Please attribute the following statement on today’s protest over the investigation into the Los Angeles Police Department’s fatal shooting of Redel Jones to Hector Villagra, executive director of the ACLU of Southern California (ACLU SoCal).
The protests taking place today at Los Angeles City Hall over the Police Commission’s ruling that two LAPD officers who shot and killed Redel Jones acted within the department’s deadly force policy are yet another reminder of the long running lack of trust between LAPD and many of the communities it serves.
As tensions throughout the nation rise in the wake of the fatal police shootings of Alton Sterling in Louisiana and Philando Castile in Minnesota, and the retaliatory murders of five police officers in Dallas, the LAPD must take responsibility for ensuring and demonstrating to the public that its standards for use of force are in line with the community’s values and that it holds officers accountable to those standards. While LAPD officials have repeatedly voiced their commitment to bridge the chasm that has long separated it from the communities it serves, it too often demands unconditional trust from the public rather than earning it through strong commitment to transparency and accountability. When the LAPD and the Police Commission adopt strategies like their flawed body camera policy – which withholds videos from the public but allows officers under investigation to view them before talking to investigators – city leaders should not be surprised that the public does not trust other decisions made behind closed doors. When transparency is absent, what the community experiences is not a police department exercising its authority but asserting its power, and that shouldn’t happen in a democratic society.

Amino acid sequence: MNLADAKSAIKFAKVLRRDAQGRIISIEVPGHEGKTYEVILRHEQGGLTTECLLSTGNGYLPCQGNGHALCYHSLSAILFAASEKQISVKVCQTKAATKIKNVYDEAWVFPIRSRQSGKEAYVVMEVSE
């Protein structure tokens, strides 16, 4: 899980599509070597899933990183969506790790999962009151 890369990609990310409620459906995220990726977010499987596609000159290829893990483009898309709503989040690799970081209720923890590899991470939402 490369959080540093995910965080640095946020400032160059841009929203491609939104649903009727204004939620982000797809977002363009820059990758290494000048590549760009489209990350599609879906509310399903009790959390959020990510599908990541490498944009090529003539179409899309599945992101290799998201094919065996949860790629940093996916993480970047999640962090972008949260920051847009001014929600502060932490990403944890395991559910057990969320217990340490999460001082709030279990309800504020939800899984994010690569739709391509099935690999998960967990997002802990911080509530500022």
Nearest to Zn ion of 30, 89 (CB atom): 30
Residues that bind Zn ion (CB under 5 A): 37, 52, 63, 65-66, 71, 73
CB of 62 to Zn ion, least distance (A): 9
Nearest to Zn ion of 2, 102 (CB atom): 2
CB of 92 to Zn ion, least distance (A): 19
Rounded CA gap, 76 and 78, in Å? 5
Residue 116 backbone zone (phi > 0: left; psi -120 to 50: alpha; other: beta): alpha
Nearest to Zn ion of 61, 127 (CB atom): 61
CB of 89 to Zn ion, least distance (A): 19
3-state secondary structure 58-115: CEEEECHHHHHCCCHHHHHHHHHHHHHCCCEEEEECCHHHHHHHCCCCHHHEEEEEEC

The ACLU SoCal stands in support of peaceful protests to call attention to the critical need for strong relations between the police and all of our diverse communities.
We remind protestors to know their rights. Learn more about your rights to demonstrate and download our Mobile Justice California smartphone app: If you believe your rights have been violated, contact the ACLU SoCal or your local ACLU affiliate.